POCATELLO — Well over 150 people attended a rally on Wednesday at the Portneuf Wellness Complex in Pocatello to promote local schools returning to in-person instruction five days a week for upper grades.

Melissa and Jonny Fisher of Chubbuck chose to organize the event ahead of School District 25’s coming school board vote on Friday on whether to return to five day in-person instruction. That would be instead of the current upper grades hybrid of three days of remote learning and two days of in-person instruction.

“We kind of thought, well ahead of the next vote, let’s kind of have a coming together of people of like minds,” Melissa Fisher said about the rally.

She said it was challenging to pull the event together, including bringing in a speaker from St. George, Utah, on short notice.

Melissa added, “I thought it was a real inspiring event.”

She says she bumped into District 25 Superintendent Doug Howell earlier in the day on his way to Chubbuck schools during a tour for Idaho Gov. Brad Little.

Howell couldn’t get to the rally.

“We’ll go visit him on Friday,” Melissa said.

She said Wednesday was a good day to hold the rally since District 25 students weren’t busy with school work.

“We knew that the students were out of school,” she said.

She says there’s no learning happening on Wednesday. And there are no added Zoom calls or extra things going on that day, she said.

“So we thought come on out, parents bring your kids that we know are sitting home,” she said. “You know, two days before the vote.”

But Courtney Fisher, who handles communications and community relations for the school district, said that Wednesday is a remote learning day for all grades in 6-12 and an in-person day for elementary learners in grades K-5. So most school district staff and learners would have been engaged in their educational responsibilities during the time frame for the rally.

Melissa and Jonny Fisher, who have a daughter in ninth grade at Highland High School, said they just realized that nothing’s going to change and that students are at low risk from the pandemic. So in-person instruction is the better option.

“And we just want the opportunity to make that choice and they’re not giving us the choice,” Melissa said.

Meanwhile, students who need to stay home can stay home and use online instruction.

“And let those that want to go back to the full five days go back to five full days,” Melissa said.

But Courtney Fisher says that in the few short weeks the school system has been back in session the teachers have made a commendable effort to maintain rigorous instruction for all District 25 learners. And that’s whether they attend face-to-face or remotely.

“We respect that families want what they deem best for their own children and we weigh that feedback with several other factors involved in making these tough decisions,” Courtney Fisher said.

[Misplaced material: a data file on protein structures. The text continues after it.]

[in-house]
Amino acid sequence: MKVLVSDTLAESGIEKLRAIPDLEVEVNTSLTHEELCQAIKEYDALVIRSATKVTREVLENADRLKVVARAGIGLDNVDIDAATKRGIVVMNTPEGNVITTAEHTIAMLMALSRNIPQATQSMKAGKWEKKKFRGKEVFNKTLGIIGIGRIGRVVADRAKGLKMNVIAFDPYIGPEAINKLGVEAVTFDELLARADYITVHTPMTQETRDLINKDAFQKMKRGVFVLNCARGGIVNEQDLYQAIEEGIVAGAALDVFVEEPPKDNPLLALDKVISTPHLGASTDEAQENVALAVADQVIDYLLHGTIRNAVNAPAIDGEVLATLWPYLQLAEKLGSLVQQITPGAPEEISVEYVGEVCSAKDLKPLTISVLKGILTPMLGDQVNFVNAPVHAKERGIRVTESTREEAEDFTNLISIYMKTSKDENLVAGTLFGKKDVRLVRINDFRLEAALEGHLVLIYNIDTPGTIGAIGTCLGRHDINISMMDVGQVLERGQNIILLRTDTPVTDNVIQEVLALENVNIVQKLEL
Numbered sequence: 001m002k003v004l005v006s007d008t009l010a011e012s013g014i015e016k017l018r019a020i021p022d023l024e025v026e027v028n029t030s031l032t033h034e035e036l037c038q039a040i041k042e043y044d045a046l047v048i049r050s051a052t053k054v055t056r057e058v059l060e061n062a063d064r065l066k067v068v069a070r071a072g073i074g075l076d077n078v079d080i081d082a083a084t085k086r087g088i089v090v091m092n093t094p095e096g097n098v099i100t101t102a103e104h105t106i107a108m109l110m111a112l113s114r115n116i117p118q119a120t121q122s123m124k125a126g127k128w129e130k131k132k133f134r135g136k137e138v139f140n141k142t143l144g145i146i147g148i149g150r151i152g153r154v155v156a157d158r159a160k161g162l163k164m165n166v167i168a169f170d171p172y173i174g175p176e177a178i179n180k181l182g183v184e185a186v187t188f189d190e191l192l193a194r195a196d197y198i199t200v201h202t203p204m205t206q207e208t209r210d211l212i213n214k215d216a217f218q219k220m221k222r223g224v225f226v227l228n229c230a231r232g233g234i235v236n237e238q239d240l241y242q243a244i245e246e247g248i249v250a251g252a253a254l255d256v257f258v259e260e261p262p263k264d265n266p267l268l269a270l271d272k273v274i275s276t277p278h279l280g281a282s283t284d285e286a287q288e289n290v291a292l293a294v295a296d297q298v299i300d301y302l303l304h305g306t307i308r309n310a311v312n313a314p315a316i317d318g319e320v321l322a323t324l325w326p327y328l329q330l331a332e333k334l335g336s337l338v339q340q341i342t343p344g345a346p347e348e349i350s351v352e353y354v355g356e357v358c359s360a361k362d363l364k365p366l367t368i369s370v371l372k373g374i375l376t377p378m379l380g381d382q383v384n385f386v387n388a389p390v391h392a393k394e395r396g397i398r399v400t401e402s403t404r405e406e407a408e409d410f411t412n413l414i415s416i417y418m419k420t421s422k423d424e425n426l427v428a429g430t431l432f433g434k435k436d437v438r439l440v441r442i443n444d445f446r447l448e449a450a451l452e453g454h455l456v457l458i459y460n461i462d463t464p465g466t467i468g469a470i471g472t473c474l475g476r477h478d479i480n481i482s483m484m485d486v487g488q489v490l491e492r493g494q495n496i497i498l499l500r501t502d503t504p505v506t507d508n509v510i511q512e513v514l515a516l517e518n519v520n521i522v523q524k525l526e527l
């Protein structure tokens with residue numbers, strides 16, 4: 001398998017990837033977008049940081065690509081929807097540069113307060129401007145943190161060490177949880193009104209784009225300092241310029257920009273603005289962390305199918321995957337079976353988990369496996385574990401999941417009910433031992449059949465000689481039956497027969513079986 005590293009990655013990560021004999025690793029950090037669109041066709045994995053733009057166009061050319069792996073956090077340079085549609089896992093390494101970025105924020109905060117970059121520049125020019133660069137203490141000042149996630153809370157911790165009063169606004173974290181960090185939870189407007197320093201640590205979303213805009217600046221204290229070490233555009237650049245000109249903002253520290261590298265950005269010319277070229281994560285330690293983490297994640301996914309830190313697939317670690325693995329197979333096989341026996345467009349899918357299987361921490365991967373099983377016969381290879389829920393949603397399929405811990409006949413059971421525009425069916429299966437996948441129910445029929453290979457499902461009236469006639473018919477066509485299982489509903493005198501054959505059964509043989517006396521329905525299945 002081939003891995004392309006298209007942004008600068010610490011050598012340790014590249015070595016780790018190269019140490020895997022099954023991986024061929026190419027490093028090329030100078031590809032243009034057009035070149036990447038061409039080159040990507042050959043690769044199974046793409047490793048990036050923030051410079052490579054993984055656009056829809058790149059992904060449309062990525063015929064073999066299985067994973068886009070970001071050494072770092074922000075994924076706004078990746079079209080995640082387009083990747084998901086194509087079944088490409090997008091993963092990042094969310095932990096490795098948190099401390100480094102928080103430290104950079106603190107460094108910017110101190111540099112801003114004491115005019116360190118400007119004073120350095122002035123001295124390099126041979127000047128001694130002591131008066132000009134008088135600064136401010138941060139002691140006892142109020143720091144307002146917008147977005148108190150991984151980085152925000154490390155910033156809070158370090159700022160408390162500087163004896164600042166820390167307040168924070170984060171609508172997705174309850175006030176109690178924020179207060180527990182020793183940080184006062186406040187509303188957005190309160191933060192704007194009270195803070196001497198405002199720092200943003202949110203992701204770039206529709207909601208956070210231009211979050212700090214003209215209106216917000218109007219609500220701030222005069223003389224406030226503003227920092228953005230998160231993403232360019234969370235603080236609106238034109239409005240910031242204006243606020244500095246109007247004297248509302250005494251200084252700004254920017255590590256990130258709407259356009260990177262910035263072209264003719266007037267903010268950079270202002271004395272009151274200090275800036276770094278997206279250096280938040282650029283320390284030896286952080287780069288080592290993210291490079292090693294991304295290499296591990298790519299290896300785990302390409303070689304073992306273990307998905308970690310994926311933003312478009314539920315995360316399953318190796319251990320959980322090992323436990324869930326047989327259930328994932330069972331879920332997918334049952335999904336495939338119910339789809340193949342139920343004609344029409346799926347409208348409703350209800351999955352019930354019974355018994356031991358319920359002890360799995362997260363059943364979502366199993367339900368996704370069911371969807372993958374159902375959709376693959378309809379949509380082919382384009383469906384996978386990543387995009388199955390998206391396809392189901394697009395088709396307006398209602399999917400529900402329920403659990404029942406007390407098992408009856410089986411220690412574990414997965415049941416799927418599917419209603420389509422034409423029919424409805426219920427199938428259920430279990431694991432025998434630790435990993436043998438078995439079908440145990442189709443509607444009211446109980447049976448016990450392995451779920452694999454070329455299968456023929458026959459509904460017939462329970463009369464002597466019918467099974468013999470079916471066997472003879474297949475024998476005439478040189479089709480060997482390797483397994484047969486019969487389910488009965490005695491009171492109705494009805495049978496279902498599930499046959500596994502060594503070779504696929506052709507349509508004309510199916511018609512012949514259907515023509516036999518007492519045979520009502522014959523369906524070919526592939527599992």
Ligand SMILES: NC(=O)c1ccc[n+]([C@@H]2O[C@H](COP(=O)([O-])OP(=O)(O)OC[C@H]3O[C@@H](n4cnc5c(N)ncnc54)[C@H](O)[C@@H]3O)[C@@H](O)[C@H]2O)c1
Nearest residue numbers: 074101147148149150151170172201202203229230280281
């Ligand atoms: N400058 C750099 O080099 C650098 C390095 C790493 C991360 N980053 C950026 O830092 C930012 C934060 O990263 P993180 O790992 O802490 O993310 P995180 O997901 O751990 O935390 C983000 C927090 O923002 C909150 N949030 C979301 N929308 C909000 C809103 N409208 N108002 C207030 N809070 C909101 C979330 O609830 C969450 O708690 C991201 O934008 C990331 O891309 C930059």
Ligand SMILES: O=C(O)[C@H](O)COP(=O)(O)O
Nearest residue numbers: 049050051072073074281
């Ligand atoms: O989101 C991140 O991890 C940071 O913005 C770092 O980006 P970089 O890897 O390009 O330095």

Meanwhile, Melissa was pleased that former Salt Lake City policeman, motivational speaker and entrepreneur Eric Moutsos, 39, could serve as headline speaker at the rally. He created a group called the Utah Business Revival on Facebook that currently has 25,000 members, he said.

“I saw him put together some rallies in Utah and I was inspired by him standing up and saying you know the government works for us, we don’t work for them and we want our voices heard,” Melissa said. “And I just loved his message and I think he’s a really awesome positive guy in the rally arena, and thought he’d be a great one to come speak.”

And Moutsos was willing to appear.

“I felt I should be here,” he said.

Moutsos says members of the Utah Business Revival have been going around Utah and doing business events in protest form. They also have speakers and performers. For instance, they had country singer Collin Raye perform before 5,500 people.

And they had Tim Ballard of Operation Underground Railroad, which saves trafficked children, speak at one of the group’s events before over 6,000 people.

“So we’ve been trying to promote freedom and liberty while still staying as safe as we can,” Moutsos said.

But he notes that people have rights.

“I understand that those rights upset some people,” he said. “Because if we choose not to wear a mask they think that it’s somehow infringing on them. But what they don’t realize is that it’s infringing on us when we don’t want to wear it.”

Especially given the current pandemic numbers in the area, he said.

“And so I respect those who want to wear a mask. OK. Respect me for not,” he said.

Moutsos says that what he’s seen in Idaho is just gross government overreach and the state doesn’t don’t know its role.

That includes Idaho Gov. Brad Little.

Moutsos says there should never have been a forced lockdown. That exceeds the state’s authority.

“They can say, ‘Hey, it’s law,’” but Moutsos says it’s not lawful to shut down people’s businesses, force them into their homes and tell them to stay away from each other and wear masks.

“It’s not only unconstitutional, but it goes against natural law,” Moutsos said. “And it goes against everything that the United States stands for.”

The Friday District 25 School Board meeting will be held at 9 a.m. in the board room at the Education Service Center, 3115 Pole Line Road in Pocatello.